What comes in Kingdom Henna’s henna kit?
Welcome to Part 1 of my 4 Part Henna Kit Series, and I’m glad you asked! There’s several ways you can use this post – scroll through to see the list and pictures of items in the henna kit, or scroll down to the bottom and watch the video. Or, do both! I provide a more thorough explanation of everything in this blog post, and in the video I take you through each item in the kit with a brief description of each.
Henna Powder and Sugar Mix
I use Mohana henna powder in the kits. Henna is a green plant that grows in hot climates, and henna powder is made from dried henna leaves by just grinding it into a powder. There is one quality that is used to describe henna powders – its level of stringiness. It is up to the henna artist what kind they like to work with, but generally speaking, very stringy henna makes it very easy for you to make lines but is usually more difficult to work with. Non-stringy (or smooth) henna makes it very easy for you to make dots, and this type is usually easier for beginners. Mohana henna has a perfect blend of stringiness and smoothness, and in my opinion is the perfect powder to start with if you are new to henna!
I add sugar to the henna powder in the kits. Why? Sugar helps the paste stay moist while its on your skin, it prevents drying and cracking, and it acts like a glue that keeps the paste on the skin. The amount of sugar you use is dependent on the humidity. If you are in a very humid area, you will not want a lot of sugar in your paste. A very dry area (like Boise!), you will need more. Add too much, and the paste will melt after you apply it. Add too little, and it will crack too soon. In my opinion it is better to have less than to have too much. I’ve added 1 1/2 tsp of sugar to each batch of powder. This is a good amount for this area (Treasure Valley – Boise, Meridian, Nampa, Mountain Home, etc).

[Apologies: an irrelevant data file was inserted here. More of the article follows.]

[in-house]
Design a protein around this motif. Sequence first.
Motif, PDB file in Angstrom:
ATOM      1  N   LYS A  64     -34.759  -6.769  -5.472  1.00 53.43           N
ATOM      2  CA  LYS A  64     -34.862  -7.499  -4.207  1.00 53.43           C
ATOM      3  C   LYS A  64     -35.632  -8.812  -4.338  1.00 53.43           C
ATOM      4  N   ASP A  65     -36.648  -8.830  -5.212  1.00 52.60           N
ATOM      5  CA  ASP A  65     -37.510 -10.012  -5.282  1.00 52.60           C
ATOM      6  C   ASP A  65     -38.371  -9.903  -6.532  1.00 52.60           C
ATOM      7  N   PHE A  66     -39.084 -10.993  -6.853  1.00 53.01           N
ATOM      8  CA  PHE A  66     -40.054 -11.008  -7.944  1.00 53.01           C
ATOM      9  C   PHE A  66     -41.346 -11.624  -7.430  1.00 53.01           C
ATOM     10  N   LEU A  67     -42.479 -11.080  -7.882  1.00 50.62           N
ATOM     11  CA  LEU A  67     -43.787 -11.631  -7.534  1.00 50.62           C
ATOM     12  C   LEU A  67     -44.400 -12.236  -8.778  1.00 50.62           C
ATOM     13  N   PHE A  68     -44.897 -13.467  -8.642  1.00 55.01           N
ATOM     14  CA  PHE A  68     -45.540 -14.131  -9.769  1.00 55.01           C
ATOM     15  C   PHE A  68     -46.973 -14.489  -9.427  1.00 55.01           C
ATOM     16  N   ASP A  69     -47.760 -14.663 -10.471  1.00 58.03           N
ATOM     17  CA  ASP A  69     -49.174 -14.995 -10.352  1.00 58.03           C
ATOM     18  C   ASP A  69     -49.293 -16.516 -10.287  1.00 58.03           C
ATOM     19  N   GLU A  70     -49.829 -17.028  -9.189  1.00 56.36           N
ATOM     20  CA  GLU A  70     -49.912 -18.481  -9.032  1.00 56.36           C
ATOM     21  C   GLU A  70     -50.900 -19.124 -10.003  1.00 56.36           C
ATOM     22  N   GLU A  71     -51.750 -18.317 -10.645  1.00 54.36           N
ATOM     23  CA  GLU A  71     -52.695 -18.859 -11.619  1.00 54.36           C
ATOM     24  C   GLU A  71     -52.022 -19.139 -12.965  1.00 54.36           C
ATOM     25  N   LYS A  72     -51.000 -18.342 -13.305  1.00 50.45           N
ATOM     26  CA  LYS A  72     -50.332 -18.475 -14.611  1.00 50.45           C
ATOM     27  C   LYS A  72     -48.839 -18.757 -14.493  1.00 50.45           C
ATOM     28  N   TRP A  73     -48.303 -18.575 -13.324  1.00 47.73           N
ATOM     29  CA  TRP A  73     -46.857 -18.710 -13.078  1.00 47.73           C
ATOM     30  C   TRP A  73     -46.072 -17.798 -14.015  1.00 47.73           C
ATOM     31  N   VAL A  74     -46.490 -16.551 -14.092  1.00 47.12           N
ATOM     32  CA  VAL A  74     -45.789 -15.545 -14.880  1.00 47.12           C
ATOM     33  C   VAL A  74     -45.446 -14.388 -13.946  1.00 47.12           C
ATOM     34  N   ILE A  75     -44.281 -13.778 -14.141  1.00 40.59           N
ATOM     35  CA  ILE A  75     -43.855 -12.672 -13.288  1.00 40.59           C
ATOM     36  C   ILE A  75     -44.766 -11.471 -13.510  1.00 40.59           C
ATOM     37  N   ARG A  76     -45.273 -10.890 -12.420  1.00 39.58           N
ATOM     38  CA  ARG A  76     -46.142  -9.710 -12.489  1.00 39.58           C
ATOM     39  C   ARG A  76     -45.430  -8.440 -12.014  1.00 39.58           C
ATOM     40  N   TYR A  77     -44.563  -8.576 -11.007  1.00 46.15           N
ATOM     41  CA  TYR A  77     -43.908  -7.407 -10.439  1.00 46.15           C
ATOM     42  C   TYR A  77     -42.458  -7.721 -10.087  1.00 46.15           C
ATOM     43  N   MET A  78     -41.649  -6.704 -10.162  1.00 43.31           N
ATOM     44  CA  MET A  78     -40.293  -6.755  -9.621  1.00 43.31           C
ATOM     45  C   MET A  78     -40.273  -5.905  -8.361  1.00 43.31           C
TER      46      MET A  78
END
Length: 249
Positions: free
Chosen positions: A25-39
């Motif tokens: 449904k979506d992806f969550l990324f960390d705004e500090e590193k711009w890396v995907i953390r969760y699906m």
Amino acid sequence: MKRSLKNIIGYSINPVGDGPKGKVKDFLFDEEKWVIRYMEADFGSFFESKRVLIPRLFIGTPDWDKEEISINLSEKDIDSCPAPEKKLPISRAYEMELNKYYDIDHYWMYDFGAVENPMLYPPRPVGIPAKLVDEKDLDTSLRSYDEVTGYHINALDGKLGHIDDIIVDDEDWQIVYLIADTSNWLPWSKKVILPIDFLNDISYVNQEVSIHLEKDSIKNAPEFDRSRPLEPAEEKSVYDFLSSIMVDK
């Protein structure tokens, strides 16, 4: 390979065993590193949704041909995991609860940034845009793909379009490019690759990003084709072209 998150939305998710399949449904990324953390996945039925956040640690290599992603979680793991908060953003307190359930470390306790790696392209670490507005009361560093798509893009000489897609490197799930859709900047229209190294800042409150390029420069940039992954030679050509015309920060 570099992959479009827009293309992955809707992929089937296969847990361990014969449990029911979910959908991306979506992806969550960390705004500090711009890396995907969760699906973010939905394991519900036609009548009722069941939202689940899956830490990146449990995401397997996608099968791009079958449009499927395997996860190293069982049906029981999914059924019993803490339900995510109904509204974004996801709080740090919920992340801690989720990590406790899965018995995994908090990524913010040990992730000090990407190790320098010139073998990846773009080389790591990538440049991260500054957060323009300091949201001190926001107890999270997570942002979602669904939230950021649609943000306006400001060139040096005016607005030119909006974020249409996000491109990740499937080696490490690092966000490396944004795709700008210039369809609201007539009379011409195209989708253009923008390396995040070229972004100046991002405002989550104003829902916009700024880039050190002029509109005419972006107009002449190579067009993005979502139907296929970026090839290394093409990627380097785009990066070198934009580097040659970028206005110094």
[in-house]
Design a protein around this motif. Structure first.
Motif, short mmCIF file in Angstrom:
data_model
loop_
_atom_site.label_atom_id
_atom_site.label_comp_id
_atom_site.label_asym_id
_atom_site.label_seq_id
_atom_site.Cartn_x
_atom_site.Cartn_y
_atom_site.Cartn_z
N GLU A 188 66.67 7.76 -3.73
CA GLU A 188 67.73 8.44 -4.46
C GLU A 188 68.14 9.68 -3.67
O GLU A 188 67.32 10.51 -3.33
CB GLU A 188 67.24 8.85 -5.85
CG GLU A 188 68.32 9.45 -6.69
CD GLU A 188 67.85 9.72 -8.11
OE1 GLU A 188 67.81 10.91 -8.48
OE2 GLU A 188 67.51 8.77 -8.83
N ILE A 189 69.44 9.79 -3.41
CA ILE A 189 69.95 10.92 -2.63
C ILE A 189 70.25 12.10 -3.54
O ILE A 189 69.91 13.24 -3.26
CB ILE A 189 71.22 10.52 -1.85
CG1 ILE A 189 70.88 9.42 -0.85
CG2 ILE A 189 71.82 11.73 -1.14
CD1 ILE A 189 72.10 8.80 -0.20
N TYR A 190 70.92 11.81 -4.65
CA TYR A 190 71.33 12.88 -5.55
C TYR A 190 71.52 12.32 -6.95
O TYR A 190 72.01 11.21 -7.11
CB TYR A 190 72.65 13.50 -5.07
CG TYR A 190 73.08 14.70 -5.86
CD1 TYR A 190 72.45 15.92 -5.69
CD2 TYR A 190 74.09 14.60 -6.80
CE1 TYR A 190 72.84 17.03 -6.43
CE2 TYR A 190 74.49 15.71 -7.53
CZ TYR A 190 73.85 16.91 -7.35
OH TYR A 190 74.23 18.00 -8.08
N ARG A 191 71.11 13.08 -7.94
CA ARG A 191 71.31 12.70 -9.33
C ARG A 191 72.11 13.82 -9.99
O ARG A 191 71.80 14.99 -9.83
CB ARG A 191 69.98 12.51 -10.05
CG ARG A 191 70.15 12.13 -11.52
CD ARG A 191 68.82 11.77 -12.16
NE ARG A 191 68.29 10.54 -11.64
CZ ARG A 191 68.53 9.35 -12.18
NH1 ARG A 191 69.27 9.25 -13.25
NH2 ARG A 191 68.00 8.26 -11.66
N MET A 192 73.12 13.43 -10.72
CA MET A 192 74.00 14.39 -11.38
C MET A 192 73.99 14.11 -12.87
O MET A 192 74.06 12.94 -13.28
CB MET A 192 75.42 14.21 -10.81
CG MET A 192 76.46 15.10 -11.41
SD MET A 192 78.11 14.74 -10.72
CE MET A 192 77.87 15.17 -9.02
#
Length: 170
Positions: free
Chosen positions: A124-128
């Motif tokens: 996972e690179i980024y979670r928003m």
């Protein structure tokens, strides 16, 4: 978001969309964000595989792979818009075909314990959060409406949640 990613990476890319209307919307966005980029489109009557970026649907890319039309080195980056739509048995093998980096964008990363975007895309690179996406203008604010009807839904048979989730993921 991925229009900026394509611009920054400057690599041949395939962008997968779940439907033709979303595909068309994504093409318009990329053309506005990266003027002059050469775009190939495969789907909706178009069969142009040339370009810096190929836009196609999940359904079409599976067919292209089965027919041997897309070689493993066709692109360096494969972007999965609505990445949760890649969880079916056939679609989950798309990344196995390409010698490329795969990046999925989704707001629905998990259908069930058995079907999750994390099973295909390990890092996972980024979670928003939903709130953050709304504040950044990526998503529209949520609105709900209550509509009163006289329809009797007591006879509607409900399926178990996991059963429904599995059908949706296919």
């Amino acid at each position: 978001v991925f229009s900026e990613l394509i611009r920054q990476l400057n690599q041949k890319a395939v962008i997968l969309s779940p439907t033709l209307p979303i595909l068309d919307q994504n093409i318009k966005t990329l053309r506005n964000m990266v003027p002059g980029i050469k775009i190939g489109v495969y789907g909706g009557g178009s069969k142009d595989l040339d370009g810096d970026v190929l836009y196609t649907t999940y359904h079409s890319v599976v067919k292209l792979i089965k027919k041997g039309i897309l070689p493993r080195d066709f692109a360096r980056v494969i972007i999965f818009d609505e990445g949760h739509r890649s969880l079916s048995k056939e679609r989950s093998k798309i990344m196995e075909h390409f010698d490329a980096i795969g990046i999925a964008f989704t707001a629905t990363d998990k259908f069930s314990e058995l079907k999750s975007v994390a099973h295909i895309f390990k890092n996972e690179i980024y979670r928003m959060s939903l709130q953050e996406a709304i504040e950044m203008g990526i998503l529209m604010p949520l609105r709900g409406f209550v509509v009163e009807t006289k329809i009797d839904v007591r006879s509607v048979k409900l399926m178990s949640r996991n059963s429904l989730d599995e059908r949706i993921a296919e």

Lavender Essential Oil
Essential oils are added to the paste because the essential oil helps to draw out the dye from the henna plant. I use lavender in the kits because its particular chemical makeup is just what you need for henna, and because it’s a gentle oil that is safe for pregnancy.
If this topic interests you and you want to learn more science-y stuff about it, then check out my blog post about why I add essential oils to my paste!
5 hand-rolled cones
I hand-roll the cones in the henna kits just like I roll them for myself. I use a cellophane rectangle, tape, and pins. The pin is inserted into the tip of the henna cone as I’m rolling it so that the cone opening is uniform and consistent. I prefer this to cutting the tip (although if you want a bigger opening, feel free to cut it bigger!) When you cut something that is round, it will always end up with two sides that are slightly pointed.
I remove the pins before I package the cones into the henna kit box. For myself I usually leave the pins in until right before I use the cones, but for the kit, I remove them.
Another name for this would be a piping bag, typically used in cake decorating. This is an important part of being able to fill your cones. The paste goes into the carrot bag, and then is more easily added to the cones.+
You’ll need to know how to do everything, so the kit also comes with an instruction booklet that tells you how to mix the paste and fill the cones. If you need additional guidance on how to do this, that is what this blog series is for! I’ll have videos coming up in the next few weeks on how to mix the paste, test for dye release, and fill the cones. Stay tuned!
Sample Henna Designs
Also included in the instruction booklet are a few henna designs that you can practice. Coming up in the next few weeks I will be adding videos that will help you jump into practicing and guide you through how to do some of these designs.
Video – What’s in the henna kit?
Are you ready for the video?
Kingdom Henna is located in Boise, ID and offers all natural henna tattoos for every occasion.